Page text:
9. Pamela says:

    In the arena of animal welfare, I see “who” used increasingly in blogs and newsletters and use it regularly myself when referring to land animals and whales, porpoises, and dolphins. “It” objectifies, and use of it when talking about animals affronts me these days..

  10. Stan says:

    Richard: Thanks for those examples. When describing butterflies and pupating critters in so familiar a manner, I suppose it’s not necessary to believe they have real personality before applying the more personal pronouns, though it is thereby suggested that they do. And few writers were as friendly with butterflies as Nabokov.

    Gill: This is something I’ve been wondering about too, and it came up in conversation on Twitter. The more domesticated or close the animal is to humans, the more likely we are to use who, but then it is generally other qualities that make us get close to them in the first place (mammalian, intelligent, etc.). And of course these relationships vary cross-culturally, and different languages may have different ways of marking such status grammatically. I don’t know if there are studies that look at this.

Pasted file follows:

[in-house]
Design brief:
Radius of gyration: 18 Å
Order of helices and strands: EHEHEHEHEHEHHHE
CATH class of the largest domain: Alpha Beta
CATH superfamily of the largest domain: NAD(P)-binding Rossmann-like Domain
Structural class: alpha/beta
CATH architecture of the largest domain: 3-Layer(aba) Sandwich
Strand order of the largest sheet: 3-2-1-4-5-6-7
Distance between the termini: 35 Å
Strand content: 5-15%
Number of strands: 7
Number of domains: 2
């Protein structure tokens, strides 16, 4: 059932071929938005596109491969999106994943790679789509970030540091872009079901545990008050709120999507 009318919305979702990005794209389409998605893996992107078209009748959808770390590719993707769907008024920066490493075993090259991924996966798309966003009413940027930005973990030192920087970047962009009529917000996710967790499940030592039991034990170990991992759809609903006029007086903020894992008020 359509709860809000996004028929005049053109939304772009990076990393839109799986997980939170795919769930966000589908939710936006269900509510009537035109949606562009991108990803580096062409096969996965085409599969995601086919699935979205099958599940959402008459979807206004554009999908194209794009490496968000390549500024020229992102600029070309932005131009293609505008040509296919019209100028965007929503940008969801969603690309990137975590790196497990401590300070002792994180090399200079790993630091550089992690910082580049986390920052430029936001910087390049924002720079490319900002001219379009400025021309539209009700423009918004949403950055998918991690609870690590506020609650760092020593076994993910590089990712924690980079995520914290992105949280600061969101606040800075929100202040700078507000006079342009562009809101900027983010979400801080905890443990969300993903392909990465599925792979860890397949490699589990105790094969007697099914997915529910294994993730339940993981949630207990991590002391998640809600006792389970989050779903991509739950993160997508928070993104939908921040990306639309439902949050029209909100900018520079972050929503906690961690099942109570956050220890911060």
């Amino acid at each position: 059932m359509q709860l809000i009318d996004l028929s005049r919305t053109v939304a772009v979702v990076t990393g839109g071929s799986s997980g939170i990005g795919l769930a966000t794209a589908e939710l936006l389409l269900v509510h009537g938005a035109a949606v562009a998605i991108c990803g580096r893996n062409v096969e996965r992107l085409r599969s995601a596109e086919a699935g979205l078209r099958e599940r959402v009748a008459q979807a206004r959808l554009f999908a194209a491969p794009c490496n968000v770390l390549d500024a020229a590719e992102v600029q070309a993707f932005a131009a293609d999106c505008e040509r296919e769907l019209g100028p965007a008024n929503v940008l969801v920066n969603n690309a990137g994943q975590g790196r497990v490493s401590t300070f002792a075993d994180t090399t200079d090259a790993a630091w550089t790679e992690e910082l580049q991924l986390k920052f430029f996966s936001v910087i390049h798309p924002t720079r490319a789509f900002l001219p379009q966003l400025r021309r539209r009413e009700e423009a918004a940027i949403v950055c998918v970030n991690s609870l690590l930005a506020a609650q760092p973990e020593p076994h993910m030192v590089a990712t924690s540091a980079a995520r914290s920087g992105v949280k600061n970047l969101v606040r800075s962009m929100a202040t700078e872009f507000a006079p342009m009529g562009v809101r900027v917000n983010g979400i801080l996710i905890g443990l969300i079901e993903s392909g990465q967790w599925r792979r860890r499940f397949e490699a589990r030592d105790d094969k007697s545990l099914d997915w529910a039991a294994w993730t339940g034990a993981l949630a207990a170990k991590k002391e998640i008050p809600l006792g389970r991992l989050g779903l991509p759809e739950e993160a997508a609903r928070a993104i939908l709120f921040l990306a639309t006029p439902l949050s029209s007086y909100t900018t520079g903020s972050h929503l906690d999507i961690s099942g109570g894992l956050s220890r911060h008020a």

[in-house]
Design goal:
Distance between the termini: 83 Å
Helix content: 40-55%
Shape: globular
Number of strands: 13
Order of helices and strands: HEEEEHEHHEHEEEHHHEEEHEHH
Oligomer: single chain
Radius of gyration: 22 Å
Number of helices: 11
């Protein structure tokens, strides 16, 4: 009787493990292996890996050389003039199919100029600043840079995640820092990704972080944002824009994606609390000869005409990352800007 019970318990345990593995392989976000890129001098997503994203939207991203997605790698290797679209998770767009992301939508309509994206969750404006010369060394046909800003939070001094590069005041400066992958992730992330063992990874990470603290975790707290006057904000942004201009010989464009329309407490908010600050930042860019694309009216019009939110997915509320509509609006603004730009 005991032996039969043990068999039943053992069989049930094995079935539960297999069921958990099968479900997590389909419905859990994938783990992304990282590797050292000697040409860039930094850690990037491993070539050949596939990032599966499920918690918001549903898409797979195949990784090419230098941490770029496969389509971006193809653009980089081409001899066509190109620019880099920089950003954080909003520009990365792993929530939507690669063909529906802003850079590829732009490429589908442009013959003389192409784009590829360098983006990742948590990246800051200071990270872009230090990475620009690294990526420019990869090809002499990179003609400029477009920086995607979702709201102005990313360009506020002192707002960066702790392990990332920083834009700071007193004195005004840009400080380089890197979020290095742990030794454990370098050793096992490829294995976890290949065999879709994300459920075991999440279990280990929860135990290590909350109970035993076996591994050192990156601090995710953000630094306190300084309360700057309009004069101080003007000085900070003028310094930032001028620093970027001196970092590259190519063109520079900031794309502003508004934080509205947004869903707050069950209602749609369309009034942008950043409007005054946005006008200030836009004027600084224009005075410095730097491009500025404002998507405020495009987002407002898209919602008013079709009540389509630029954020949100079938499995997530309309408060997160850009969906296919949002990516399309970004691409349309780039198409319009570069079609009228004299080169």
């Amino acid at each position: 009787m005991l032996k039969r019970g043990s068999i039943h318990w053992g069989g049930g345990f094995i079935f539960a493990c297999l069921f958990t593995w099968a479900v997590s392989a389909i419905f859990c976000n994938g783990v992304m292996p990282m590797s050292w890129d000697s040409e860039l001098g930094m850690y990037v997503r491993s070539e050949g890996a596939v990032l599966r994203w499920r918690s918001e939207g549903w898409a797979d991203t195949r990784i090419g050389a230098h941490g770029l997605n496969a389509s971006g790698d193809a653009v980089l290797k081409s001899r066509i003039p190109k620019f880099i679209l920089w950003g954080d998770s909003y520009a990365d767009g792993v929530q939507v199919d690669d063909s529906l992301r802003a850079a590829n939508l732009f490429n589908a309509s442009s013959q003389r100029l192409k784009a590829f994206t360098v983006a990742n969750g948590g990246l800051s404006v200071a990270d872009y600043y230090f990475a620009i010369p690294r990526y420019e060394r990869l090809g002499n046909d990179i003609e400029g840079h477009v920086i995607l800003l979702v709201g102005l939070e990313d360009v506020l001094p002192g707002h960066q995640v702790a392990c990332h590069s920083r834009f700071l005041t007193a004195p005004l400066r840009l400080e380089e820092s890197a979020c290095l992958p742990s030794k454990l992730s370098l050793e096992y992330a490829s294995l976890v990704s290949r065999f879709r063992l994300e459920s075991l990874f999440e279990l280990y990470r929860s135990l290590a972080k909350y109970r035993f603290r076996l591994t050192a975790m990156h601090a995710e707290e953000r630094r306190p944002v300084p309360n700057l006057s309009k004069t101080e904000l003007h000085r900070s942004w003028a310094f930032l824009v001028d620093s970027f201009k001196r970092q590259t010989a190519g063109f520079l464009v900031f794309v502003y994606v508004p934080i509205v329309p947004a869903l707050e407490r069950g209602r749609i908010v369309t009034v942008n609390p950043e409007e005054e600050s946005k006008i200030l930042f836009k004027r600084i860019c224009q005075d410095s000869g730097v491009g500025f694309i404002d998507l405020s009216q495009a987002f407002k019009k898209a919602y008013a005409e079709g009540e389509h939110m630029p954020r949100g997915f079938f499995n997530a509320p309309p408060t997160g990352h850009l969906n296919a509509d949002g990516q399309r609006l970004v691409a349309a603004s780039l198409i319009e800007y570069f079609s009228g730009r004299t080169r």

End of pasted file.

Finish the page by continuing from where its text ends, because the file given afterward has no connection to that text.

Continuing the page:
Pamela: It’s possible to use it to refer to animals in some contexts and remain fully respectful, but your point about the word objectifying them gets to the heart of the issue. I would certainly support the use of who with cetacea.

  11. Mary D says:

    Animals, at least animals of any size, should be referenced by who, not that. They are sentient beings who, not that, feel pain and pleasure. They aren’t inanimate. Have a look at the book Pleasurable Kingdom by Jonathan Balcombe.

    • Gill says:

      All these comments seem to accept that referring to an animal as ‘he’ or ‘she’ is the same thing as referring to it using the relative pronoun ‘who’. Maybe it is, but to me ‘who’ seems to go further than ‘he’ or ‘she’ – a slightly more conscious decision to emphasise the sentient and human-like quality of an animal. I wouldn’t be able to prove that though!

  12. Stan says:

    Mary: The use of that with animals doesn’t imply disrespect; it’s the oldest general relative pronoun, and may be used to refer to people, too, in Standard English (a usage that appears in Shakespeare and different versions of the Bible, for example). Thanks for the book suggestion – I’ll look out for it.